Open Data

Open Data – How do I make data publicly available?

The starting points to consider are your: need / want / how

Need: Do I need to provide my data to comply with my funders requirements? This is funder specific but an overview can be found here. In general the idea is to ensure you’re compliant with the funders requirements. This may help you to decide if raw data or post-processed data is more appropriate. The rest is your choice and project specific.

Want: Do I want to make my data publicly available? Yes should be the answer unless you have good reasons not too (eg commercial value or sensitive data).

How: What do I do in order to create publicly available data? It is not that hard but there are a few stages involved which will be the focus of this blog.

Is there a policy for this? Yes. Open Access Research and Research Data Management Policy

Here is a general plan of attack for making open data

  1. Write a data management plan (DMP). This may have already been done for the grant your funded on. An excellent resource for this is the DMP online system. This can be used to write your data plan for a grant for or use it to make own.
  2. Do your research. Write documentation and update your DMP as you generate the data. Plan your meta data.
  3. Submit your paper. In the paper, include a data access statement in your acknowledgement. Wait for the author accepted manuscript or copyright process to begin.
  4. Deposit your data: external repository. Where do we find them? Use this database to search your funder and find the right repositories. For example, if you search NERC in the database or via their website that list the data centres.
  5. If you can’t find a suitable external repository? Then use the internal repository ORE. It can be a little tricky. For your first attempt it is recommended you contact our Research Data Officer Chris ( to discuss your needs and how to do this effectively. If you use ORE, submit the data first and then the journal article (two separate entries). This will help link the two items. The deposit location is here and FAQ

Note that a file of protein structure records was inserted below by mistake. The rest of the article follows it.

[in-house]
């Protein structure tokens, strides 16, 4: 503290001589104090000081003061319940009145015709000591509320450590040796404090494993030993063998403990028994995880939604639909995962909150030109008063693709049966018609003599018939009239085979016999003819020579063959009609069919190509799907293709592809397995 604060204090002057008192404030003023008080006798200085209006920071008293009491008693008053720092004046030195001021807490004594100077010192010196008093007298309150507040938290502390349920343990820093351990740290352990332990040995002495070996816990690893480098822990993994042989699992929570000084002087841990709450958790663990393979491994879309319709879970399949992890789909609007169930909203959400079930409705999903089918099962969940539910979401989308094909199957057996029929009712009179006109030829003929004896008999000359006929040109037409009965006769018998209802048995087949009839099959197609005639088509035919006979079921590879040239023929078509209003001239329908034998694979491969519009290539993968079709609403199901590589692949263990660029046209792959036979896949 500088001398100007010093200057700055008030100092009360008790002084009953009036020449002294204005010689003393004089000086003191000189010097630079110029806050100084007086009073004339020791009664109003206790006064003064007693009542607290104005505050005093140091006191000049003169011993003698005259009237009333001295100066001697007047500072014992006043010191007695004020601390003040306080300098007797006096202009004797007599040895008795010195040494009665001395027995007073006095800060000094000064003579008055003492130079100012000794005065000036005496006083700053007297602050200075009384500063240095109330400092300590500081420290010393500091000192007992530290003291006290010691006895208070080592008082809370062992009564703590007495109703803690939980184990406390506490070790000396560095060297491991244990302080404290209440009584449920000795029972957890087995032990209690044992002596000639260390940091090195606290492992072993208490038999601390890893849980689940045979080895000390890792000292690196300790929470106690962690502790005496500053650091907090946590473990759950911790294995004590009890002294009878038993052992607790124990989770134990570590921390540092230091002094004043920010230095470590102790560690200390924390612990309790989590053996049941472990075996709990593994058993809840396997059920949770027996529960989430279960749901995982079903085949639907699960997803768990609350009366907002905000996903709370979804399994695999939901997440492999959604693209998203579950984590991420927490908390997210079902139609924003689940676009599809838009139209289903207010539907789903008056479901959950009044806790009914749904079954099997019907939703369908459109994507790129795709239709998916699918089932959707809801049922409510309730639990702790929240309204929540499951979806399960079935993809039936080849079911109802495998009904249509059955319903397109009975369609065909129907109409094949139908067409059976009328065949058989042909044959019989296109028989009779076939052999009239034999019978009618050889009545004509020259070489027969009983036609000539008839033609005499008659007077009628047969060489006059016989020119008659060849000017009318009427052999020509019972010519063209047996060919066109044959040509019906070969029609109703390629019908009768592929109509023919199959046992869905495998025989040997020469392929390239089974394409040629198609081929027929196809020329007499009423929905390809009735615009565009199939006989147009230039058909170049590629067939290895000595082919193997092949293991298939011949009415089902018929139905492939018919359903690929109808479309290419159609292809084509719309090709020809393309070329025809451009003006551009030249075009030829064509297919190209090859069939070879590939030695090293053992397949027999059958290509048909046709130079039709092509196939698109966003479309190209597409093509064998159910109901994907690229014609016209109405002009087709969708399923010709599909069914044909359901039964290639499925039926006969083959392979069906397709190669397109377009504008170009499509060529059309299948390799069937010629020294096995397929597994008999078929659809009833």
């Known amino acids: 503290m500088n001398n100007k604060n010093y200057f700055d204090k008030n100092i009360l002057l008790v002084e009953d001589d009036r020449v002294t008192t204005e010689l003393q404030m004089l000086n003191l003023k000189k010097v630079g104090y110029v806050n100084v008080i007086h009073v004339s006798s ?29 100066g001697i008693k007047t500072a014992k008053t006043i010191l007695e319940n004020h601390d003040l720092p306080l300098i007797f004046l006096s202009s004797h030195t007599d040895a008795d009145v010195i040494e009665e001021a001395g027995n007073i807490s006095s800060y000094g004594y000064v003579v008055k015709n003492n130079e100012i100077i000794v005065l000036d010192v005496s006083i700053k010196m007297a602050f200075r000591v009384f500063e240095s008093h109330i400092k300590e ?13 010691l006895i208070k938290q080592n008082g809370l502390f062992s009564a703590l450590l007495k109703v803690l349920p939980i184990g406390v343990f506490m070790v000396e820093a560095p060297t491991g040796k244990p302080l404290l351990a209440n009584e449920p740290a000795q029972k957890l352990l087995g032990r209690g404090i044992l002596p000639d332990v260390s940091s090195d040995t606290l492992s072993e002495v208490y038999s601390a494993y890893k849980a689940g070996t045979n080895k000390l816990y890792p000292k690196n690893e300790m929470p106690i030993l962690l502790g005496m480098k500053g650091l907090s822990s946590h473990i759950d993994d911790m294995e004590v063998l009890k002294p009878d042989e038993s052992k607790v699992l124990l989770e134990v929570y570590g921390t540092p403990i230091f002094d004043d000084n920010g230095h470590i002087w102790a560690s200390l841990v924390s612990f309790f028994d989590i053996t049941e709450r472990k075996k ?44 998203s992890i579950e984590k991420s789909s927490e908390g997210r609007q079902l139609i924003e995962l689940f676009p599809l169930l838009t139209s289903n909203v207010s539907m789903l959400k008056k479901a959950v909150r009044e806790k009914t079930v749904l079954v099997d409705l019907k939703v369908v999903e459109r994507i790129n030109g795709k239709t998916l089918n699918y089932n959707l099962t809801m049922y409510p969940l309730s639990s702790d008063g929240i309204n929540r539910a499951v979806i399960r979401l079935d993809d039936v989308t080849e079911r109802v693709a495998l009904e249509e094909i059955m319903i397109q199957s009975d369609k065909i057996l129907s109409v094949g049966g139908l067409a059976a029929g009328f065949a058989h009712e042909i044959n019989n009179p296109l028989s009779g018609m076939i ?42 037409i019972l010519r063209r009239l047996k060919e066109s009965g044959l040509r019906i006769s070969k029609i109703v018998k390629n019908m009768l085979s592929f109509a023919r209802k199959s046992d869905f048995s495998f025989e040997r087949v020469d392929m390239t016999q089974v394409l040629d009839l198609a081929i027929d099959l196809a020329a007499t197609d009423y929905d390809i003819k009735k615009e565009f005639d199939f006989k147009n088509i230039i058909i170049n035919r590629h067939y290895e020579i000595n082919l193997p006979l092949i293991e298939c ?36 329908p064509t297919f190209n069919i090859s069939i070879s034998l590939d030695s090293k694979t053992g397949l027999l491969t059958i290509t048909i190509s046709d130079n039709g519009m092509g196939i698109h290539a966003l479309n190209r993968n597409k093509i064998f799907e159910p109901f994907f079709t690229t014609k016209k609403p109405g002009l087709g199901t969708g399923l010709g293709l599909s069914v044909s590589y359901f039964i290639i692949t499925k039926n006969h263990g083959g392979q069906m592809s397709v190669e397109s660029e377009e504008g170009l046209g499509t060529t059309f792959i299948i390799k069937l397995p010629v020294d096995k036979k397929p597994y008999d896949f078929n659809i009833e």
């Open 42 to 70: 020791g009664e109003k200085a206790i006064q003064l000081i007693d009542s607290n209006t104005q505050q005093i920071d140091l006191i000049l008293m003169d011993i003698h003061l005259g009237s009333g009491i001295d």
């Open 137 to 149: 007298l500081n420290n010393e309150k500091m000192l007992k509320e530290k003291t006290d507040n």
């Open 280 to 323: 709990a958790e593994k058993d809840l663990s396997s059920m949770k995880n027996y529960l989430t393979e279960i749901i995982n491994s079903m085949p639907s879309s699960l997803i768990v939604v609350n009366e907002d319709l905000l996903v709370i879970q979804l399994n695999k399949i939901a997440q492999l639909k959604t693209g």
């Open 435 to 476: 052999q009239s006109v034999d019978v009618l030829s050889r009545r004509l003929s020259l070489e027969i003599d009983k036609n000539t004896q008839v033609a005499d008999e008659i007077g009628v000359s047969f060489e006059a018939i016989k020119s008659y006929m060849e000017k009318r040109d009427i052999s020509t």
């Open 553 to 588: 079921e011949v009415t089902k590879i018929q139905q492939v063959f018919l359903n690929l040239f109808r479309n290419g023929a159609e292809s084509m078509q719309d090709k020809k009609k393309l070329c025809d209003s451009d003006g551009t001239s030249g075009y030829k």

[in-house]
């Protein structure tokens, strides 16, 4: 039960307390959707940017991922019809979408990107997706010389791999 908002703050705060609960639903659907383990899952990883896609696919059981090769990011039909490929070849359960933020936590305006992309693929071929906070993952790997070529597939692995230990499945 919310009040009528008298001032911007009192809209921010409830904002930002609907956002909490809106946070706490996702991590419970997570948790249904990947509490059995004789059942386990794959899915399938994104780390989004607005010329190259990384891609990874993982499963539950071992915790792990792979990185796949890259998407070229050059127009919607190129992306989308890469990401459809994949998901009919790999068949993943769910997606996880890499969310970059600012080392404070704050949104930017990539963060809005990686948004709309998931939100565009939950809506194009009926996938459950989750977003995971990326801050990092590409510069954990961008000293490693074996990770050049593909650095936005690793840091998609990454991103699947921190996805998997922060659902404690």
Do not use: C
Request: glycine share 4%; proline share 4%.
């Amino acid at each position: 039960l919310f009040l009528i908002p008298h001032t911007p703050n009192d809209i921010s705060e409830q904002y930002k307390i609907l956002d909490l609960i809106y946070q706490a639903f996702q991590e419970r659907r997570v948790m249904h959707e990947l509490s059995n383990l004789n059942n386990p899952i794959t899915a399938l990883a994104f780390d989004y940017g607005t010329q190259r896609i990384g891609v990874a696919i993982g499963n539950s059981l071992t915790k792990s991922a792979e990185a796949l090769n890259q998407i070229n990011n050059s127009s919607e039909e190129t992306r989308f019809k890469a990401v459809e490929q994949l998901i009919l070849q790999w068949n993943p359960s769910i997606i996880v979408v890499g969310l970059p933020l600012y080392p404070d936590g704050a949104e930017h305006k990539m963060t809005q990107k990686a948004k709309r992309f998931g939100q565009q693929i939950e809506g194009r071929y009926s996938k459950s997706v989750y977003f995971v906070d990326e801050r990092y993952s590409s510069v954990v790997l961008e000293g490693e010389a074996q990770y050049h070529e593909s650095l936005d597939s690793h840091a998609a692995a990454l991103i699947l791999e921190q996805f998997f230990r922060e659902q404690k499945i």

6. License your data. This will be a creative commons license but with different levels of use. Here is a blog what discusses some on the nuance of the CC licenses.
  7. Get a DOI. This may be through the journal or via the University of Exeter. Once a DOI is issued you can no longer change your data. So do this when your confident the data won’t change for the publication in question. You can get a second one issued if you need but this should be avoided if possible.
  8. When the page editing is occurring, add the DOI to your acknowledgements.


All NERC funding applications must include an outline DMP, and if funding is successful, the outline DMP will then be used by the relevant NERC data centre, in collaboration with the PI, to prepare a full DMP within three months of the start of the grant. At this point, it will be clear as to which datasets will be deposited to the NERC data centre, and if there are any additional datasets that will need to be deposited elsewhere e.g., ORE. If you are currently working on a NERC funded grant, it would be worth looking at the DMP to determine where the data should be deposited. Alternatively, you can always contact the NERC data management coordinator ( to confirm the most appropriate location for your data. If, for whatever reason, the NERC data centre will not accept your data, we would be happy for you to deposit it in ORE.